Sunday, 7 December 2008

Preparing the Way

We've had a cold start to December. Heavy snow on Thursday, though fortunately one of our churchwardens had gritted the road surface on our 1 in 5 hill. So I lost one visit to a residential home through failure to extract the car, but then the snow began to melt and everything else has carried on as usual. Thankfully a funeral cortege and mourners were able to reach us on Friday morning - vying for parking space with the Toddler Group in the Hall. And on Saturday we had an almost totally clear road for our (pre-) Christmas Fair - which was very successful both in terms of attendance and money made! Thanks to all who worked so hard and supported it.

And so to church this morning - I'm glad that numbers are recovering a bit after the weather worries of the last two weekends. I like Advent, though sometimes people worry about pre-emting Christmas a bit too much. This year, though, people's preparations for Christmas seem rather muted - a point I made in my homily this morning. Click here to find it. With all the talk of "Economic Downturn" (was it the government or the BBC who invented that term? - they've certainly got a logo for it on the News), I could do with a bit of glitz. I'm on the lookout for over-the-top Christmas decorations.

Anway, the homily marries questions about the punctuation of Isaiah and Mark in relation to John the Baptist's injunction to "Prepare the Way of the Lord" with reflections on the lives of Nicholas Ferrar and Thomas Merton. Both of them (400 years apart) were members of the college where I was an undergraduate - Clare College, Cambridge. Ferrar's commemoration in the Church of England's Calendar was last Thursday, 4th December. And next Wednesday sees the 40th anniversary of the death of Merton on 10th December 1968. Both continue to have much to teach us. The picture at the top of this post is of Little Gidding where Ferrar established his community - about which T S Eliot wrote in his Four Quartets. I try not to quote Eliot too much, but I've given in this time! Below the portrayal of Ferrar in Clare College Chapel.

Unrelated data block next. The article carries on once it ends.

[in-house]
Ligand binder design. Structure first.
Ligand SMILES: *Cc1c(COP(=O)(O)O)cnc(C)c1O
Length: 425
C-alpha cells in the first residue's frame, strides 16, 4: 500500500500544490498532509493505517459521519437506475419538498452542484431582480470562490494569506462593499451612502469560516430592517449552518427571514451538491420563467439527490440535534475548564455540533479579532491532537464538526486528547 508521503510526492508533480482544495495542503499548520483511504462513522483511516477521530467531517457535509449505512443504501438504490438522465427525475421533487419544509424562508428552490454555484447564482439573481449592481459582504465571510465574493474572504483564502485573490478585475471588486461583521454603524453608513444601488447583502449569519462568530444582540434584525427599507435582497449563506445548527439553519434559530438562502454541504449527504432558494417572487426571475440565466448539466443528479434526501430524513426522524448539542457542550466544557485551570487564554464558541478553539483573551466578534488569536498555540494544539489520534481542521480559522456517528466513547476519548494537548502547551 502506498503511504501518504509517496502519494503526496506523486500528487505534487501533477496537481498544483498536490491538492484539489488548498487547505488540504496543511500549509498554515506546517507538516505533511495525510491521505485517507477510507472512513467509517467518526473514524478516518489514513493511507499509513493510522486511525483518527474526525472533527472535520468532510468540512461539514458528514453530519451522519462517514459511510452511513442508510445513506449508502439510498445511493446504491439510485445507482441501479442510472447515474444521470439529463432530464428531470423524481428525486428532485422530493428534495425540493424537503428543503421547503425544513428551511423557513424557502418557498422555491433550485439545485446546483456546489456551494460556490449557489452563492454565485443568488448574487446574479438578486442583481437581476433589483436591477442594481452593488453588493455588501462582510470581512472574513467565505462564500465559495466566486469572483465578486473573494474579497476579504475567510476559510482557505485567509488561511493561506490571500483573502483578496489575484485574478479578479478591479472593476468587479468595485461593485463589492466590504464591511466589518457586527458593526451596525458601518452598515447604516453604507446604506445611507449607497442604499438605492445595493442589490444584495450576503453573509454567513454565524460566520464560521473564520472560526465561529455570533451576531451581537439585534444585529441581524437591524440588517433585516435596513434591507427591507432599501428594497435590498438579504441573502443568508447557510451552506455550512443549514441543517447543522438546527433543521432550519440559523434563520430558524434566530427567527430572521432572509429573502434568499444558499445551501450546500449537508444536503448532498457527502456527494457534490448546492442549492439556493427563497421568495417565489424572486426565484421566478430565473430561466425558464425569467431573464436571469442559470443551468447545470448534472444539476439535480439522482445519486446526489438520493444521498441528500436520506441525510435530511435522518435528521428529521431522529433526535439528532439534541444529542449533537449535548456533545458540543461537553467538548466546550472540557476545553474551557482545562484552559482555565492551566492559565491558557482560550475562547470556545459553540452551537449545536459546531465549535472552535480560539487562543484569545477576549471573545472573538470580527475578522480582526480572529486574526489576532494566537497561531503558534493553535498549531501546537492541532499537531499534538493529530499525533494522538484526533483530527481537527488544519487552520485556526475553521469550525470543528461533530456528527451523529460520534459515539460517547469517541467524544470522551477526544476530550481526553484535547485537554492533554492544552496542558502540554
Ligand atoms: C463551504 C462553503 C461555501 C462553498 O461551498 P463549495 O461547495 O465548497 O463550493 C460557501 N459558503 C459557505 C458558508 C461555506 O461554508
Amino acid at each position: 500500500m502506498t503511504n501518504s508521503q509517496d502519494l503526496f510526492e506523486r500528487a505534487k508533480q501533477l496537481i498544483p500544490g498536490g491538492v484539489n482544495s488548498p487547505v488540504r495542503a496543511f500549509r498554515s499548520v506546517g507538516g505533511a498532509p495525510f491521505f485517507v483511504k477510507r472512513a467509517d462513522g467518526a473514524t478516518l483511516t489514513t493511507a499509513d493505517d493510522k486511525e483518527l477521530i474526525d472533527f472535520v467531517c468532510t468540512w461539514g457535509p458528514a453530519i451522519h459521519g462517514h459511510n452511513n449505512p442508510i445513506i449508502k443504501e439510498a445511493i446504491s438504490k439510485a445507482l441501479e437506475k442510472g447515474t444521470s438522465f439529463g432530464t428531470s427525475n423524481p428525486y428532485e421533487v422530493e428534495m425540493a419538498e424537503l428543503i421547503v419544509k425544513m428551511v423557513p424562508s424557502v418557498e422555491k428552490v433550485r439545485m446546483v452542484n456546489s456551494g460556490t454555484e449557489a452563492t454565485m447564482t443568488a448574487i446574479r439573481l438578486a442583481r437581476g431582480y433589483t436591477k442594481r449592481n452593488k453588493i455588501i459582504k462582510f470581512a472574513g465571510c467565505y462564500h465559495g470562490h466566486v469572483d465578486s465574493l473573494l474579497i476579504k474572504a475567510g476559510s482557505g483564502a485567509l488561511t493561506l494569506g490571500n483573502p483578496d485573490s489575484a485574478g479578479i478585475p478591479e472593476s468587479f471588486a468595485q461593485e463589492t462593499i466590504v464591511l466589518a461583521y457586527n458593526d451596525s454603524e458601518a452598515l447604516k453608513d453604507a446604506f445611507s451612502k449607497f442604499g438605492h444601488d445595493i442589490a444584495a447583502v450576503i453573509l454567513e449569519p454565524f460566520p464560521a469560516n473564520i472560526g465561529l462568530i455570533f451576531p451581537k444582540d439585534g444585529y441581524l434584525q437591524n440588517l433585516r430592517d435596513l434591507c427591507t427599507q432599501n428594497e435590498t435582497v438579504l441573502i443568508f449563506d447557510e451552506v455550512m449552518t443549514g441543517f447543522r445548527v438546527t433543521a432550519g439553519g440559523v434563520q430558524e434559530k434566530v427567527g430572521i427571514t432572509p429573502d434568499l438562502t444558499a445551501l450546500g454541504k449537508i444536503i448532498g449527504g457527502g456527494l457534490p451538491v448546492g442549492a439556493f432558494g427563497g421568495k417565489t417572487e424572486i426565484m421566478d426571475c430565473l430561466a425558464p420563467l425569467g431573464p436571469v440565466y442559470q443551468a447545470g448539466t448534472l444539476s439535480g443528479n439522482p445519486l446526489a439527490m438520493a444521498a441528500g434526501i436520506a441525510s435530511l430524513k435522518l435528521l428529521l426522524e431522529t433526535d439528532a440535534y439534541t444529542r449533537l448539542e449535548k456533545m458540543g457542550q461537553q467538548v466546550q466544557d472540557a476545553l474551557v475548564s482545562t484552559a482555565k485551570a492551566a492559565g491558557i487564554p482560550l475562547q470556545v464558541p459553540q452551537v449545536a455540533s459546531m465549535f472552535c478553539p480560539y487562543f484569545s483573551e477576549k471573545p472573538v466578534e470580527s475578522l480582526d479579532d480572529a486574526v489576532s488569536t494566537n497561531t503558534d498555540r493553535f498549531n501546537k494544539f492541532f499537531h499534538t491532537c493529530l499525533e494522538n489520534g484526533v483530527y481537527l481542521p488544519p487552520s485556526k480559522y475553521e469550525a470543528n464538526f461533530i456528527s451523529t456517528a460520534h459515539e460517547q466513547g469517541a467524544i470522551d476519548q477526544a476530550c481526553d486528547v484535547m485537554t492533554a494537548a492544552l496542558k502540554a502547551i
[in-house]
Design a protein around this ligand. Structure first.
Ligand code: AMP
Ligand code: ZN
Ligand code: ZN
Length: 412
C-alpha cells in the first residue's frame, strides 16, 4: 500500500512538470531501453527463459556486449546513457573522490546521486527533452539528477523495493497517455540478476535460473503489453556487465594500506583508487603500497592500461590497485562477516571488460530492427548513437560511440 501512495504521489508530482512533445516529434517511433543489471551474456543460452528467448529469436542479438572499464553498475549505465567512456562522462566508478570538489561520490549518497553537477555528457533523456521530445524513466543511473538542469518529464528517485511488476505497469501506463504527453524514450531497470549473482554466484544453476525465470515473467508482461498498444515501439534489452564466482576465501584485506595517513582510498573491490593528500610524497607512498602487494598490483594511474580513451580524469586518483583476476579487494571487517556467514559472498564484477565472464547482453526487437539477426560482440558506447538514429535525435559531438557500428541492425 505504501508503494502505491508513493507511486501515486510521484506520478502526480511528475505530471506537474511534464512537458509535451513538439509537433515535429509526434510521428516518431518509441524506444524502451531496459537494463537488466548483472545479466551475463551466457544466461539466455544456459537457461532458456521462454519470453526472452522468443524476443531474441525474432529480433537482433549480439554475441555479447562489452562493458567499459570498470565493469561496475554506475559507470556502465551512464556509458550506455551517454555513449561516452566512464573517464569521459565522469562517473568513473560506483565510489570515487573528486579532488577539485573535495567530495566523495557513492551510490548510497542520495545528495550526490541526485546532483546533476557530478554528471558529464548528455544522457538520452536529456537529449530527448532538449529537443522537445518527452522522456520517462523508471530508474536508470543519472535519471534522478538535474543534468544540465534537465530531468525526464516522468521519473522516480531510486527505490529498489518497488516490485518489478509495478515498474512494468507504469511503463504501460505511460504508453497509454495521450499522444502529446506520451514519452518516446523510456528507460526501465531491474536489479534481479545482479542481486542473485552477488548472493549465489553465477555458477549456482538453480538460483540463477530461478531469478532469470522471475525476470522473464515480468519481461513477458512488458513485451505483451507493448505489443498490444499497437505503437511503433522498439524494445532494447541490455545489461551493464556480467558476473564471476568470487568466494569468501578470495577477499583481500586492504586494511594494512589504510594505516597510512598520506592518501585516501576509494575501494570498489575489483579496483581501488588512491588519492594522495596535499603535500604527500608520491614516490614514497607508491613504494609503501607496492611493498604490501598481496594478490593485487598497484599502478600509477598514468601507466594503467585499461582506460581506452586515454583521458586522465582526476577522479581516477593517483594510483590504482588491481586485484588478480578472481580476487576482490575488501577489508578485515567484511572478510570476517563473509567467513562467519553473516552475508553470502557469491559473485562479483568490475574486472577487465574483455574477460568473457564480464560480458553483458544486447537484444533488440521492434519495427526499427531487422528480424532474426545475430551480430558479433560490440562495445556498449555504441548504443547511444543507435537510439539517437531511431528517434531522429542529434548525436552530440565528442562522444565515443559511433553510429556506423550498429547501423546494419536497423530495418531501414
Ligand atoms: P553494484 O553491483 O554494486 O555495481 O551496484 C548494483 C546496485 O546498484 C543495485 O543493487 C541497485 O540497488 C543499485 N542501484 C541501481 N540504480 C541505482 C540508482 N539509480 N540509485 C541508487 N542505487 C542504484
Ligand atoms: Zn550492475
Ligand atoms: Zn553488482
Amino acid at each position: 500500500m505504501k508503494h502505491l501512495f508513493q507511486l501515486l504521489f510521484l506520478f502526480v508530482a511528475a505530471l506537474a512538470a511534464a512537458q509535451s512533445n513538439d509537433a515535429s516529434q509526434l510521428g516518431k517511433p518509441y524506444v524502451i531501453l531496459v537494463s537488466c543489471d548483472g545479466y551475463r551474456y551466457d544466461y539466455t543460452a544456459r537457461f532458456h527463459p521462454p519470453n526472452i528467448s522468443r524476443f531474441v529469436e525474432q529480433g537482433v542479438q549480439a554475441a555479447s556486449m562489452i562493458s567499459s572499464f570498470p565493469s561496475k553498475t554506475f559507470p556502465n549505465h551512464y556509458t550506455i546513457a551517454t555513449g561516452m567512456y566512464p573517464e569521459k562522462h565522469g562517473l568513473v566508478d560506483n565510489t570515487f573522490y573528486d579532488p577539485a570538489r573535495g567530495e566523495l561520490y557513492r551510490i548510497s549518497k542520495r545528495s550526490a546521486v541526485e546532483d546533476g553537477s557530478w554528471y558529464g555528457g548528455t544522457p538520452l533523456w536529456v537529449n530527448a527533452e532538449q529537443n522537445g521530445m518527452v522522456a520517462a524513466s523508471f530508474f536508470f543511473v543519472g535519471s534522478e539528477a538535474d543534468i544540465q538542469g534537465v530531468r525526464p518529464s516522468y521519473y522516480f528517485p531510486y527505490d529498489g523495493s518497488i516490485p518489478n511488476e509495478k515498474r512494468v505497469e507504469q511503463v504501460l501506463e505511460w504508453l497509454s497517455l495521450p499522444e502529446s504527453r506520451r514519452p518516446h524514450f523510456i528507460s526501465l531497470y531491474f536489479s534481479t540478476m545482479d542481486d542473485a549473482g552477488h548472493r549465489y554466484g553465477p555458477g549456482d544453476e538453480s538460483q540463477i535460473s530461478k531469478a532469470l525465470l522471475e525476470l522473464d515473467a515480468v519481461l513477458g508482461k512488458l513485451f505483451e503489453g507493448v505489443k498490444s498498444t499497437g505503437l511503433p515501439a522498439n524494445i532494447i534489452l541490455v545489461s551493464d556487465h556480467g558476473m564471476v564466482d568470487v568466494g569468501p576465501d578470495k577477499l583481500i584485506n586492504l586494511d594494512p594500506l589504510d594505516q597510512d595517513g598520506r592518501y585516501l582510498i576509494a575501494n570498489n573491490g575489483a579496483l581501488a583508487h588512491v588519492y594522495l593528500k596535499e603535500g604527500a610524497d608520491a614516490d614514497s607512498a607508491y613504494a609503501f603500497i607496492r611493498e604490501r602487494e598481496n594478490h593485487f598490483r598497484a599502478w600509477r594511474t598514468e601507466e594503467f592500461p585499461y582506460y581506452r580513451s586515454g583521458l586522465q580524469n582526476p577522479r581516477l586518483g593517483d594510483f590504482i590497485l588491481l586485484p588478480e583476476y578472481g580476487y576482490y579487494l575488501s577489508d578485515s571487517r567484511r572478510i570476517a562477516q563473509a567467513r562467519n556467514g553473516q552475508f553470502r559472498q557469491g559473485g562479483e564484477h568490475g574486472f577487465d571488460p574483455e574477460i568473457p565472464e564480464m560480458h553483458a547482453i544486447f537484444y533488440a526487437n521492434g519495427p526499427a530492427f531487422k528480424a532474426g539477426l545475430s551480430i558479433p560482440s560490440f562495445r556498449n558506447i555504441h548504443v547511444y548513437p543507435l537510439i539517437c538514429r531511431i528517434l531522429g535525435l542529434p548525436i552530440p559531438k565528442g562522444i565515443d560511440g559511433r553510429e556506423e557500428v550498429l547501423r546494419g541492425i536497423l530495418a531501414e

And if all that's too serious there's some reference to Frankie goes to Hollywood. Here's to more "50 greatest Christmas hits" compilations which gave me the idea...

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